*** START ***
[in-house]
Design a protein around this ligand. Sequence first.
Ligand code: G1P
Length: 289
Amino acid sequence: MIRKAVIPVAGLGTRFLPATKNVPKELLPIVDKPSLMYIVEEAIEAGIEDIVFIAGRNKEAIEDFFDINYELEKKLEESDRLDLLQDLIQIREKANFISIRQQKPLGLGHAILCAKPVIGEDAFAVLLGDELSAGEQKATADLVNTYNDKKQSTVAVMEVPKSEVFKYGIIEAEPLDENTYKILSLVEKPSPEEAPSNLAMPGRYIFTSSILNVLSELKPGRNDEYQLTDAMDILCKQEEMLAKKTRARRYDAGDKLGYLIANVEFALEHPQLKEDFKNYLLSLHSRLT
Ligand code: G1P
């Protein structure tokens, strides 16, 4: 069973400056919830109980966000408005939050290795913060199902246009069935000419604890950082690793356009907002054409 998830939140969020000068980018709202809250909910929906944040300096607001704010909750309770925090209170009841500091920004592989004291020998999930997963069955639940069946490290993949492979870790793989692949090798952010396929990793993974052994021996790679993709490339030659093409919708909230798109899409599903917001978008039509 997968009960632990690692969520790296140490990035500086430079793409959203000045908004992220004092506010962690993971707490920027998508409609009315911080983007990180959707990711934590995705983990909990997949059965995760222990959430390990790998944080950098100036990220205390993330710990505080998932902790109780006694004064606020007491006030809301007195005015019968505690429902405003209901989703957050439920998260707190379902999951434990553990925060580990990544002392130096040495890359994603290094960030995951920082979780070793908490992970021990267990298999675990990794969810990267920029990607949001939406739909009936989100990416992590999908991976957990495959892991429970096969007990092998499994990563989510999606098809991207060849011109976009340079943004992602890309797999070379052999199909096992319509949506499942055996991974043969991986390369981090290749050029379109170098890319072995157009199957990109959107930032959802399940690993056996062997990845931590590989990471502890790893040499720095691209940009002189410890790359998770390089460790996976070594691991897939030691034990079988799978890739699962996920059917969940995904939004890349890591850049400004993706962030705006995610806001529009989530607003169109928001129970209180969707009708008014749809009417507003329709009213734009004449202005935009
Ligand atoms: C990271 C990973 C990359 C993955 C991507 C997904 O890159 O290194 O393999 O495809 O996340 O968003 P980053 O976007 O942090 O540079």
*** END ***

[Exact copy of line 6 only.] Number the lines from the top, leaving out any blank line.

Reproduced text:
Ligand code: G1P